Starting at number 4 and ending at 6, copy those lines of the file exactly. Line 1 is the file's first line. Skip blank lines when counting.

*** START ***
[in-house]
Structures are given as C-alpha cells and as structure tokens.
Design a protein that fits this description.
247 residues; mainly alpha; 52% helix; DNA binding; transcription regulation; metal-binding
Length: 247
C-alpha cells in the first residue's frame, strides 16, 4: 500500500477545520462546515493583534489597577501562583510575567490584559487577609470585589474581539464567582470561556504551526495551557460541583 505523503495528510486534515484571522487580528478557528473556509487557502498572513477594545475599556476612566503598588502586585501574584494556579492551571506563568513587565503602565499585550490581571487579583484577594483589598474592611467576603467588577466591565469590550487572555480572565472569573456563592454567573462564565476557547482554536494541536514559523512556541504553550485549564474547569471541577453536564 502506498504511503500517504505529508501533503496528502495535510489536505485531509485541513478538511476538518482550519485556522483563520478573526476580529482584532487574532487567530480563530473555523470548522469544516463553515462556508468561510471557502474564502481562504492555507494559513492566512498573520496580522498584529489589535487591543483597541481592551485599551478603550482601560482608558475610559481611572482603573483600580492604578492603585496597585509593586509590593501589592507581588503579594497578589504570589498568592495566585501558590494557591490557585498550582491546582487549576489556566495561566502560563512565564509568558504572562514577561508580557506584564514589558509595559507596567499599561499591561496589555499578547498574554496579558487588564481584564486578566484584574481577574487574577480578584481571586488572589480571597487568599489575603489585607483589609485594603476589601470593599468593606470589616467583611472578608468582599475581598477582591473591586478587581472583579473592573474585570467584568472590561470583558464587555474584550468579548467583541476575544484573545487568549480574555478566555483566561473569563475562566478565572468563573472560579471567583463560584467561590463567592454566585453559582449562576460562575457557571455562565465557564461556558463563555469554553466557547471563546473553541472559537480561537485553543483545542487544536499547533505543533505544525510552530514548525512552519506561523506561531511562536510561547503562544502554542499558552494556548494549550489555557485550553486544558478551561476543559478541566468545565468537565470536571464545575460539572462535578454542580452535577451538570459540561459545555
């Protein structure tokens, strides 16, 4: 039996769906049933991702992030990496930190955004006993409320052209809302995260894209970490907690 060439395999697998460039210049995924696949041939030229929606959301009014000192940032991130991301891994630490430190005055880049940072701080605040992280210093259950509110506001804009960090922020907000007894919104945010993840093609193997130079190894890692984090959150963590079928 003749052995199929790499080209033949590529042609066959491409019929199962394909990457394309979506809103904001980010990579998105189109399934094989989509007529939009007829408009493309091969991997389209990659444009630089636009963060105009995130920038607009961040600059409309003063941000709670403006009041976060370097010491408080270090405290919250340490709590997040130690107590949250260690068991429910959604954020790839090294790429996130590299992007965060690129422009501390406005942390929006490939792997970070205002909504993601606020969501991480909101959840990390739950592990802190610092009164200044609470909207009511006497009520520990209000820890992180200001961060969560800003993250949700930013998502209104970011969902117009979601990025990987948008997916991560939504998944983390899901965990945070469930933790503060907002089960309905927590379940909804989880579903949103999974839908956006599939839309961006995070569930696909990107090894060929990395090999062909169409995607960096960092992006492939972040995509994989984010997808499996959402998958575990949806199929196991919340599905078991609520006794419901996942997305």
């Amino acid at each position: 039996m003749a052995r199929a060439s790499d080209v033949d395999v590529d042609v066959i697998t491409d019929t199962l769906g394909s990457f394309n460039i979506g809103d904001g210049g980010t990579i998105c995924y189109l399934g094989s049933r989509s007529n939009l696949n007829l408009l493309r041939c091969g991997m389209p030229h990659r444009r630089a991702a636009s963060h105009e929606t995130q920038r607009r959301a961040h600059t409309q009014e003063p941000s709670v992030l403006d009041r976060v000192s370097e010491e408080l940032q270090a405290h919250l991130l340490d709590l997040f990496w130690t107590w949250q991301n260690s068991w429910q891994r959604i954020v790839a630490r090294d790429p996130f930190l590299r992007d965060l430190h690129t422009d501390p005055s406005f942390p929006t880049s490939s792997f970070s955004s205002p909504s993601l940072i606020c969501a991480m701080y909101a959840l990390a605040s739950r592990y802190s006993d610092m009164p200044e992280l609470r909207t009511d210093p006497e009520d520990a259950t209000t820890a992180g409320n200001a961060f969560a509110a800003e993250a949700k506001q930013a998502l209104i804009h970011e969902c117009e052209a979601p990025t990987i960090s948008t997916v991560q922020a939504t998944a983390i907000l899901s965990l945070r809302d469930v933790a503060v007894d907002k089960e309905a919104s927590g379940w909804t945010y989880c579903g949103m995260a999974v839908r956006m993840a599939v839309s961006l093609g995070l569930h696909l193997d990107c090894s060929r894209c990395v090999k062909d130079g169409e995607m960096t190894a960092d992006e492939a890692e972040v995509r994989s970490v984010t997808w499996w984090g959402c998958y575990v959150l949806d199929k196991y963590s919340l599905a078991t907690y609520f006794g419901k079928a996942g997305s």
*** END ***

247 residues; mainly alpha; 52% helix; DNA binding; transcription regulation; metal-binding
Length: 247
C-alpha cells in the first residue's frame, strides 16, 4: 500500500477545520462546515493583534489597577501562583510575567490584559487577609470585589474581539464567582470561556504551526495551557460541583 505523503495528510486534515484571522487580528478557528473556509487557502498572513477594545475599556476612566503598588502586585501574584494556579492551571506563568513587565503602565499585550490581571487579583484577594483589598474592611467576603467588577466591565469590550487572555480572565472569573456563592454567573462564565476557547482554536494541536514559523512556541504553550485549564474547569471541577453536564 502506498504511503500517504505529508501533503496528502495535510489536505485531509485541513478538511476538518482550519485556522483563520478573526476580529482584532487574532487567530480563530473555523470548522469544516463553515462556508468561510471557502474564502481562504492555507494559513492566512498573520496580522498584529489589535487591543483597541481592551485599551478603550482601560482608558475610559481611572482603573483600580492604578492603585496597585509593586509590593501589592507581588503579594497578589504570589498568592495566585501558590494557591490557585498550582491546582487549576489556566495561566502560563512565564509568558504572562514577561508580557506584564514589558509595559507596567499599561499591561496589555499578547498574554496579558487588564481584564486578566484584574481577574487574577480578584481571586488572589480571597487568599489575603489585607483589609485594603476589601470593599468593606470589616467583611472578608468582599475581598477582591473591586478587581472583579473592573474585570467584568472590561470583558464587555474584550468579548467583541476575544484573545487568549480574555478566555483566561473569563475562566478565572468563573472560579471567583463560584467561590463567592454566585453559582449562576460562575457557571455562565465557564461556558463563555469554553466557547471563546473553541472559537480561537485553543483545542487544536499547533505543533505544525510552530514548525512552519506561523506561531511562536510561547503562544502554542499558552494556548494549550489555557485550553486544558478551561476543559478541566468545565468537565470536571464545575460539572462535578454542580452535577451538570459540561459545555